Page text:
by Sven Triloqvist
Sat Jan 19th, 2013 at 02:05:37 PM EST
With a (partly crowd-funded) production budget of under 10 M, the Finnish "dark science fiction comedy" Iron Sky (released 2012) is at the very high end of Finnish movie budgets, but pocket money in any major movie production country. A typical UK TV drama series (e.g. The Hour) will come in at 1 - 2 M an hour. Marketing budgets can sometimes be double the production budgets once a major distributor picks up a movie, though I doubt if this is the case here. Once a distributor is convinced that a movie has what it takes for a certain audience sector, the showmanship kicks in.
I really liked the movie, though I probably won't watch it again for a couple of years. The script has well thought out and original ideas, variable dialogue (some excellent, some clunky), excellent art direction, world class CGI, variable acting, but considering what they are attempting - the acting (and casting) is great. And world class post production.
I'd compare like with like - say for instance with Mel Brooks' Space Balls. Iron Sky is much funnier IMO. Or maybe compare with one of my favourite obscure movies: Galaxy Quest, which was bigger budget but eventually grossed nearly 100 M bucks.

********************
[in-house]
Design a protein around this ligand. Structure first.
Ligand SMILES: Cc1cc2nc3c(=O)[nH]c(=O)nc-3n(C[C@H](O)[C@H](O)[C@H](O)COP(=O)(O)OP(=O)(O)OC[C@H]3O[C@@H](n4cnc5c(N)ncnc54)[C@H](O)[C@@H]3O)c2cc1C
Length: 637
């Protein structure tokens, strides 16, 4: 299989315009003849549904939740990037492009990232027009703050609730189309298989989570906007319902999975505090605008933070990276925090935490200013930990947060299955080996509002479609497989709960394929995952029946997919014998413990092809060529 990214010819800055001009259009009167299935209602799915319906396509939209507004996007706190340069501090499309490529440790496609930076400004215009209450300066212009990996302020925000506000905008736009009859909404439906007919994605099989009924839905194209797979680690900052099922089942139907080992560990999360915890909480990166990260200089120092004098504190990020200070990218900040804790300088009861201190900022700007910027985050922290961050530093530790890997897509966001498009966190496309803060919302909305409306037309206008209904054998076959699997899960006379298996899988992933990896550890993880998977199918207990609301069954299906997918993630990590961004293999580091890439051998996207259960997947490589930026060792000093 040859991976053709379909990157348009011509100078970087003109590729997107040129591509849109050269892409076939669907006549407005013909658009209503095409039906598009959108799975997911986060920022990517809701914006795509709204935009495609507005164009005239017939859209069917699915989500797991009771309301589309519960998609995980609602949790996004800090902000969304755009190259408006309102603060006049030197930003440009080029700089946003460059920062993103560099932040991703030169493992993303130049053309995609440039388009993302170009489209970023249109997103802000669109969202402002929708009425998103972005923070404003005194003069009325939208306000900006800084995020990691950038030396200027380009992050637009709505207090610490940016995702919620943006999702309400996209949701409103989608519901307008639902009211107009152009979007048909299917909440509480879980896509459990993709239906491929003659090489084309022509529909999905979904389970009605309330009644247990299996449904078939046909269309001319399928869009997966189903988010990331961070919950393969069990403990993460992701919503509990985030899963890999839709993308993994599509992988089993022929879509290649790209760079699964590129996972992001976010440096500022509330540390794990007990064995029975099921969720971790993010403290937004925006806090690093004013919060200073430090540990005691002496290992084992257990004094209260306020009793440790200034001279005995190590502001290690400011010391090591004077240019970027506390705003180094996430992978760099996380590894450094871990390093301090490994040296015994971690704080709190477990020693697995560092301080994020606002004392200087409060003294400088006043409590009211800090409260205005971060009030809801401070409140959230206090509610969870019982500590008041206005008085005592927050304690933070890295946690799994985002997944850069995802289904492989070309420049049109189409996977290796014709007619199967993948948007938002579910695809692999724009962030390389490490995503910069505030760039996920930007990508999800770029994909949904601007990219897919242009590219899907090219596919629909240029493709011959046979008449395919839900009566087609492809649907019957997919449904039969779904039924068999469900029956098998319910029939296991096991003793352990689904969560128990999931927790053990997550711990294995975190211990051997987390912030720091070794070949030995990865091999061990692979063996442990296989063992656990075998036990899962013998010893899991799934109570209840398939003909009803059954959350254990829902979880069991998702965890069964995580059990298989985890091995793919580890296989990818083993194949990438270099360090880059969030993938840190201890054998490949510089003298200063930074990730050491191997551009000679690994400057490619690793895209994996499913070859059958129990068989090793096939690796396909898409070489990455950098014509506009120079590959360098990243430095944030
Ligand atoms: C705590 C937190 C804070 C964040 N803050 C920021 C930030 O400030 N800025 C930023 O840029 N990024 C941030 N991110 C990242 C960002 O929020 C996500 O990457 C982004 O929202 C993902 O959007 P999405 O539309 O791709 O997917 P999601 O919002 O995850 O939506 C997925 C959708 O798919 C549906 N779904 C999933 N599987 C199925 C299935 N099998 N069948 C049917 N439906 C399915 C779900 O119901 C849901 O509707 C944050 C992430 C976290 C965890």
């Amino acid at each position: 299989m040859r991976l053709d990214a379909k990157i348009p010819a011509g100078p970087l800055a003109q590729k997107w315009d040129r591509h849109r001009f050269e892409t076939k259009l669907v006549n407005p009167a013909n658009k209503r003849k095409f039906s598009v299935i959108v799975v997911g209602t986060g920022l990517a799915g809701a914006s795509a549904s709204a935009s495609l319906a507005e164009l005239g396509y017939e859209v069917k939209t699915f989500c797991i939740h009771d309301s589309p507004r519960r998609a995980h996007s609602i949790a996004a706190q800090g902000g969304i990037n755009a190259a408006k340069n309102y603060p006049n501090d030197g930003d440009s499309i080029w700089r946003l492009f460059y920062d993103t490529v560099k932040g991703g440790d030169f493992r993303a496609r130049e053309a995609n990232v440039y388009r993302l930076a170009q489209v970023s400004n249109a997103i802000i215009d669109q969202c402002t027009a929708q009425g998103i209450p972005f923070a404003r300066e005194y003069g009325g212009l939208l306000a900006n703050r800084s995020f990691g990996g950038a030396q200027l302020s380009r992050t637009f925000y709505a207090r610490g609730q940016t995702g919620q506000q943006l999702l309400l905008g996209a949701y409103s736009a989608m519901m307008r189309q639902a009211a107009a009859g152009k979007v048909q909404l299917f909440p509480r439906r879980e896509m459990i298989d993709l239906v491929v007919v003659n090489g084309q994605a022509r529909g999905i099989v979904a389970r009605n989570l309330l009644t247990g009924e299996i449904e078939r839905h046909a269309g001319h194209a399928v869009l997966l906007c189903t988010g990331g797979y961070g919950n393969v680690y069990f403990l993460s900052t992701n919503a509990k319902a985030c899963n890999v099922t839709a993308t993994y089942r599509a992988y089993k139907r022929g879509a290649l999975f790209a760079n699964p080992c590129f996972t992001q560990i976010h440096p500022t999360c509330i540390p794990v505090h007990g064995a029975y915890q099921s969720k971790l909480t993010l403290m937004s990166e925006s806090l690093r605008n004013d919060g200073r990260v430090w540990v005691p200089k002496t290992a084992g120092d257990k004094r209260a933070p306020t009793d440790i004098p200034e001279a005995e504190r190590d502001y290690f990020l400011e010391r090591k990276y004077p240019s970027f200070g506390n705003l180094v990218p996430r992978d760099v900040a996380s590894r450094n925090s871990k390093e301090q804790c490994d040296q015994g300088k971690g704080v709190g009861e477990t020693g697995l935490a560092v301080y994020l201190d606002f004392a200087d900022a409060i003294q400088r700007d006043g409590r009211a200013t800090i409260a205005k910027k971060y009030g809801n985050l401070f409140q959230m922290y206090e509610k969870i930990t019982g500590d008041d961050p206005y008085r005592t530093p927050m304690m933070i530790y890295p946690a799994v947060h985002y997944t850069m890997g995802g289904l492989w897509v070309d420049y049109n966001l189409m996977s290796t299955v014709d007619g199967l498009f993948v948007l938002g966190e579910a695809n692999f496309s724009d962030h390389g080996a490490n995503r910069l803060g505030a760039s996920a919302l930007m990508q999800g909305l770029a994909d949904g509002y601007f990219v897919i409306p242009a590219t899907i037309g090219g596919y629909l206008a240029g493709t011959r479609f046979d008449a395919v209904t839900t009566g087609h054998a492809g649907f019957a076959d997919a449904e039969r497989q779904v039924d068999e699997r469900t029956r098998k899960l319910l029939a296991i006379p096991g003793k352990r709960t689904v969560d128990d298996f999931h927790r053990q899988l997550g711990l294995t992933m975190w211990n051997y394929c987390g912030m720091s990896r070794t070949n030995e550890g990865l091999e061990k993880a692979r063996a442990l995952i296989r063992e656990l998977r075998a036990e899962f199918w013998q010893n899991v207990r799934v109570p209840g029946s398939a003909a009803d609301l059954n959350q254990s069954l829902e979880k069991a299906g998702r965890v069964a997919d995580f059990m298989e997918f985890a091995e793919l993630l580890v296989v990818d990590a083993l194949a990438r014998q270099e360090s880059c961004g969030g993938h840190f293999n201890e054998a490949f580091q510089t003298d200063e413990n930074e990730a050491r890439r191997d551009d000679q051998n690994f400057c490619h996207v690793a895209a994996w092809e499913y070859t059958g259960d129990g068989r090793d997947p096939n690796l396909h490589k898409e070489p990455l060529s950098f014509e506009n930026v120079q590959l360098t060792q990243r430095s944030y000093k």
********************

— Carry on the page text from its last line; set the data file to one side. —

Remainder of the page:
But there is no real comparison of like with like. This movie emerged from a huge bunch of SF movie fans living in the industrial heart of Finland - many of them unemployed at the time - who, without any kind of budget, put together a full length `student humour' movie called "Star Wreck - In the Perkinning." And then shared a low-res version online for free. It soon became the most watched Finnish movie ever. When they released a Hi-Res DVD, they made enough money to develop Iron Sky. I.e. - they gave a movie for free and people around the world rewarded them. It is more of a phenomenon than a business model - but bear with me.
I have disagreed with TBG in the past on the qualitative results of everyone having the chance of being creative. Yes, Youtube is full of crap - but all of us were once crap at something. How do you get better at something? With motivation. Does formal training help? Yes, often, but it is not essential.
I have no idea what will happen with the Iron Sky group. But they've proved they can make money for a distributor. Knowing them slightly, I doubt if they will `sell out'. The core group connects with a technical guild of dozens, and a fan base of at least tens of thousands - maybe 10 times that. The commitment of the core group is to those people, not to Hollywood or The Nordic TV and Film Fund or anyone else.
In my experience - because I am one of them - there are plenty of discontented professionals who are, and would be, happy to help young people with energy and passion to learn about the prevailing systems and how to exploit them to the benefit of the audience.
I know that what they create will not fully satisfy me. The music will be alien. The movie production values will offend. I won't get the jokes. What they create is not for me. But they will make movies they think are important in some way, and that's enough for me.